The head of the U.S. Securities and Exchange Commission, Mary Schapiro, will step down in December after a tumultuous four years in which she tried to rehabilitate the agency's battered reputation.
In a statement issued on Monday, Ms. Schapiro said she would leave the agency on Dec. 14.
SEC commissioner Elisse Walter will serve as chairman-designate on a temporary basis, the White House said. A White House official said President Barack Obama plans to nominate a full-term replacement in the near future.
Candidates rumored to be on the shortlist include Ms. Walter, Treasury official Mary Miller and SEC enforcement director Robert Khuzami.
When Ms. Schapiro took over the agency in 2009, it was lambasted for lax oversight that critics said helped lead to the financial crisis and for its failure to catch now-convicted Ponzi schemers Bernard Madoff and Allen Stanford.
Much of her tenure was devoted to trying to reverse the agency's reputation. She also had to fight numerous other fires – from the 2010 flash crash and losing court battles over SEC enforcement actions, to new challenges to SEC rule makings.
Early in her tenure, Ms. Schapiro streamlined the enforcement process by making it easier for staff to issue subpoenas and created specialized units, a new tips database and a whistleblower office.
She convinced lawmakers to expand the SEC's powers and pledge a major funding boost.
In the past two years, the agency logged record enforcement actions, including 735 in the 2011 fiscal year and 734 in 2012, it said in a statement announcing Ms. Schapiro's departure.
The SEC brought major cases involving conduct that led to the financial crisis, including a record $550-million (U.S.) settlement in 2010 with Goldman Sachs.
The SEC has also implemented some reforms to protect markets against major swings caused by errant technology, including circuit breakers and the so-called limit up-limit down mechanism.
But the agency has also been bogged down with major rules the 2010 Dodd-Frank financial regulation law required it to write, many of which are still in process.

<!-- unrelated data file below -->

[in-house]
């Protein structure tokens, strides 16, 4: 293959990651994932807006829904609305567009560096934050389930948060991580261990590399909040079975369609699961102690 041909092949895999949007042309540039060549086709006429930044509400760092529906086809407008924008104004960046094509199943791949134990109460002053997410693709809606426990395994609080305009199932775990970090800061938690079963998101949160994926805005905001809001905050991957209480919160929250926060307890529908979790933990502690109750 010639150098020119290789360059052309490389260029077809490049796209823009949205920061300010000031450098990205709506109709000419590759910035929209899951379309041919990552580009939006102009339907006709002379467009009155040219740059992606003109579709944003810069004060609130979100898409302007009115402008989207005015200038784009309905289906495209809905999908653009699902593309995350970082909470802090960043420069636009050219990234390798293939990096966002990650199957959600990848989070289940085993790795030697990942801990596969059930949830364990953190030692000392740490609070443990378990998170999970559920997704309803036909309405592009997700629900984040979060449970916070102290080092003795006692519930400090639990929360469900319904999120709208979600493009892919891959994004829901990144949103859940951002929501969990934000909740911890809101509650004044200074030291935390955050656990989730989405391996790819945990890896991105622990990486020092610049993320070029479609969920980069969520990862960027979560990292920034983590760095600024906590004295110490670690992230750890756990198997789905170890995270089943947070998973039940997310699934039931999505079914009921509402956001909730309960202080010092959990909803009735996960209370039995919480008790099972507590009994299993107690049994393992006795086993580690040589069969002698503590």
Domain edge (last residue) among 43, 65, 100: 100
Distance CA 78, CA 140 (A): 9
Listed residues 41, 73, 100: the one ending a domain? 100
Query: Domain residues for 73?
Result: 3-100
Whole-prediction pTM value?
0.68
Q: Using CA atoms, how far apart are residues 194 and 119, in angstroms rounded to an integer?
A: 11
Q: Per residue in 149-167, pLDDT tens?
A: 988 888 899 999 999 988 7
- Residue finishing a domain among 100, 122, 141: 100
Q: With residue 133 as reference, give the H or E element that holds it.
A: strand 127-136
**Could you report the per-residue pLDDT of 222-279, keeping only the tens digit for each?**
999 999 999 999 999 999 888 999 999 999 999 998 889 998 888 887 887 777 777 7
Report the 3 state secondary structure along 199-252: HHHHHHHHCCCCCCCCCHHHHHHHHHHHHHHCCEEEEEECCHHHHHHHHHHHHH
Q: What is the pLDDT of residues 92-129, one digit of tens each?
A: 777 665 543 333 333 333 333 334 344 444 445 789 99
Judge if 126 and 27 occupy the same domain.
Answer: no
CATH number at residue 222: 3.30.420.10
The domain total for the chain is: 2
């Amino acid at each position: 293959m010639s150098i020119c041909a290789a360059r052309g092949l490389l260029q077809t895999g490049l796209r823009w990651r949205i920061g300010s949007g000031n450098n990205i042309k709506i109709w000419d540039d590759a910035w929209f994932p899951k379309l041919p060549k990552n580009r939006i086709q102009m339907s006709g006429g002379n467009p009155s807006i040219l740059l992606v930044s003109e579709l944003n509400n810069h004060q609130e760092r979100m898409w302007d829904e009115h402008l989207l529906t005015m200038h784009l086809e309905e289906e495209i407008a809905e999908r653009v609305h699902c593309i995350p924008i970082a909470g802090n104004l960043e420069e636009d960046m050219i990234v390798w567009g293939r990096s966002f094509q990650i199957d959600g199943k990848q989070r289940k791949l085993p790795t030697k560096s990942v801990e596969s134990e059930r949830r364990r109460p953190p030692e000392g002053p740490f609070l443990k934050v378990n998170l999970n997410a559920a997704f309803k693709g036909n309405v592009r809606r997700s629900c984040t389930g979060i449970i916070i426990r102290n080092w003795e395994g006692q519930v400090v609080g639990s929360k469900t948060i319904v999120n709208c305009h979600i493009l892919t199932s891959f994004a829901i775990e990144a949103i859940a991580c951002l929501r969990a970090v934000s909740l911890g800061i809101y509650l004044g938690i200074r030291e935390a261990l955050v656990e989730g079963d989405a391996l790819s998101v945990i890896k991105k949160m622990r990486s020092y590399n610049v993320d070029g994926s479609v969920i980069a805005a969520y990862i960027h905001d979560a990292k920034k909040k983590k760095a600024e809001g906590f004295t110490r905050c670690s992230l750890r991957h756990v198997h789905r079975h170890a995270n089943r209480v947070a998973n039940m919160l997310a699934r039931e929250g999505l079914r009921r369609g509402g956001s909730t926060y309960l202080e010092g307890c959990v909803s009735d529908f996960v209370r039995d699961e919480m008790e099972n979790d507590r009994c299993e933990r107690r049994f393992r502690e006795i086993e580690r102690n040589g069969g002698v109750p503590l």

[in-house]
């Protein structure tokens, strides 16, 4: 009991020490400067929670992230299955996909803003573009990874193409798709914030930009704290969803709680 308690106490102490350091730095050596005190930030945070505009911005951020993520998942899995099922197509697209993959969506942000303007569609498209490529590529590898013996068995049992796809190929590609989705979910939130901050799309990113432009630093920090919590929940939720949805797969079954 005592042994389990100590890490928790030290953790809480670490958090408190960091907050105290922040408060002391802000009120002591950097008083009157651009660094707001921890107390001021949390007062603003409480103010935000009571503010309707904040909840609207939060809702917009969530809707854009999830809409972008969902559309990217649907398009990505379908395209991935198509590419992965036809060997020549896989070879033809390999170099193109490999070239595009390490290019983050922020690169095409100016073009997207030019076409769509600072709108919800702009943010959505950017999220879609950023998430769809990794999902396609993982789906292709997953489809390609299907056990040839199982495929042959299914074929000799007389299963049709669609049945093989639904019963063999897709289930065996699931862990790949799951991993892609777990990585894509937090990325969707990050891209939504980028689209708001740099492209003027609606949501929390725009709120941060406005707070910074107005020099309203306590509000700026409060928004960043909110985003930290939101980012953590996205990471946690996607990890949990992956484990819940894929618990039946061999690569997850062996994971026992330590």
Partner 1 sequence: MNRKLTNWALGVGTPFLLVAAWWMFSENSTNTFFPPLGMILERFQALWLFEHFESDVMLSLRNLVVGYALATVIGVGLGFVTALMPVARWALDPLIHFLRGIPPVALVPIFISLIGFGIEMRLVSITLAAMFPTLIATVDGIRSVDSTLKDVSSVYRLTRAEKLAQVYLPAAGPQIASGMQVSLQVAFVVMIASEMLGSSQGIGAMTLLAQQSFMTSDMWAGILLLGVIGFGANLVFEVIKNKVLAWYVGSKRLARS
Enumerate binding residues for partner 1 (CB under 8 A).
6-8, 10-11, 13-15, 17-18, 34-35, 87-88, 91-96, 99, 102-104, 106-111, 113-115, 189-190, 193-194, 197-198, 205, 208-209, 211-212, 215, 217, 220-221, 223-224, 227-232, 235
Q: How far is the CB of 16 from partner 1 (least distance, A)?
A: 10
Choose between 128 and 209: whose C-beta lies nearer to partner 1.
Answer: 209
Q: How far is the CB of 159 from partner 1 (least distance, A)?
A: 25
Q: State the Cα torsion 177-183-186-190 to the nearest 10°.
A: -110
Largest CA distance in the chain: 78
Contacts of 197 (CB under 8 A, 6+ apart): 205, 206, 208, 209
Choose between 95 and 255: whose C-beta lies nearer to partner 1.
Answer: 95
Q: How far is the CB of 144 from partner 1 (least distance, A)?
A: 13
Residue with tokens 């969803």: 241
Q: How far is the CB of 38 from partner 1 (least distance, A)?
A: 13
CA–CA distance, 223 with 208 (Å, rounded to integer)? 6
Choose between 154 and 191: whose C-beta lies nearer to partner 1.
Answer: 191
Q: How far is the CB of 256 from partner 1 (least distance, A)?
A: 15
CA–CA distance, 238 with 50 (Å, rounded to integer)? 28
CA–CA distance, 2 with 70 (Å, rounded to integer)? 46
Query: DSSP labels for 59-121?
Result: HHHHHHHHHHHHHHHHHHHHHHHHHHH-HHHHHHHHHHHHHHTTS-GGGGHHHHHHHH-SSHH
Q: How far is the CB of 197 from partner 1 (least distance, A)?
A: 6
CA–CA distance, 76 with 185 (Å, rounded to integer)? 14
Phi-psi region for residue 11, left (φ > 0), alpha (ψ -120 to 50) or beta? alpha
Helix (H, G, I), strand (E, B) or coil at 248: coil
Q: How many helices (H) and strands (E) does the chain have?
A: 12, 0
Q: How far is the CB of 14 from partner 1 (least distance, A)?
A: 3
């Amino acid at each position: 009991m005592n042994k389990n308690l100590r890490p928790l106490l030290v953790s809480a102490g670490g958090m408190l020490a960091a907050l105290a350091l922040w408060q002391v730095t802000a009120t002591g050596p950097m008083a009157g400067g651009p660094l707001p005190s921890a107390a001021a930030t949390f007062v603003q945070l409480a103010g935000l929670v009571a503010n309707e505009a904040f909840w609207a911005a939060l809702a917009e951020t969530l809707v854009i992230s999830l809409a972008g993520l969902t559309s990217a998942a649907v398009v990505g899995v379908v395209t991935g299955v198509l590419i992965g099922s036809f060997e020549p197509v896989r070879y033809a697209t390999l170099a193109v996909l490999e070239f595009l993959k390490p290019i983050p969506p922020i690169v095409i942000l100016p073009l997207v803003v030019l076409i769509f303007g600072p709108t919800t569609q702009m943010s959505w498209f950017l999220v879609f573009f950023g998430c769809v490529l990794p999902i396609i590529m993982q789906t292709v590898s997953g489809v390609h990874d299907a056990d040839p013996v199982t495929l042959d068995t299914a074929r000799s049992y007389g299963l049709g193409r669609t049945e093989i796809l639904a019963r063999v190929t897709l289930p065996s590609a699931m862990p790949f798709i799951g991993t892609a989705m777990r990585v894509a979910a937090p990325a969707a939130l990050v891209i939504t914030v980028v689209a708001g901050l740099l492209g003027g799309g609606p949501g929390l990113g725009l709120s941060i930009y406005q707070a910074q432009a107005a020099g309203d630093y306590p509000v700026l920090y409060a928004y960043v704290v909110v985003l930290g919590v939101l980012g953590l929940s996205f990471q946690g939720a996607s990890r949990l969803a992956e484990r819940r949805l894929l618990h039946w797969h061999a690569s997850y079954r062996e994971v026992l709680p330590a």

Business groups have challenged much of the SEC's recent rule-making efforts and won major battles, including convincing a federal appeals court to throw out the agency's proxy access rule, which would have empowered shareholders to nominate directors to corporate boards.
Ms. Schapiro did not say in her statement what she planned to do next.
Ms. Schapiro is a registered independent who has been appointed by both Democrats and Republicans in her career. Yet she was mired in political battles at the agency and unable to get the votes needed on one of her signature issues, reform of money market funds.
She leaves much unfinished business for both Ms. Walter and whoever assumes the position on a more permanent basis.
In addition to money market reforms, the SEC is considering additional market structure safeguards and major Dodd-Frank initiatives, including a final version of the Volcker Rule.
"The SEC is stronger, and our financial system is safer and better able to serve the American people – thanks in large part to Mary's hard work," Mr. Obama said in a statement.
Speculation had swirled for months that Ms. Schapiro would leave soon after the November election, and the announcement marks one of the first departures of Mr. Obama's financial regulation team in the vote's aftermath.
While her tenure at the SEC was marked by some controversy and her departure leaves uncertainty around major initiatives, former SEC officials said Ms. Schapiro helped revive a moribund agency.
"I think she saved the SEC, which was close to extinction when she took over," former SEC chairman Arthur Levitt told Reuters.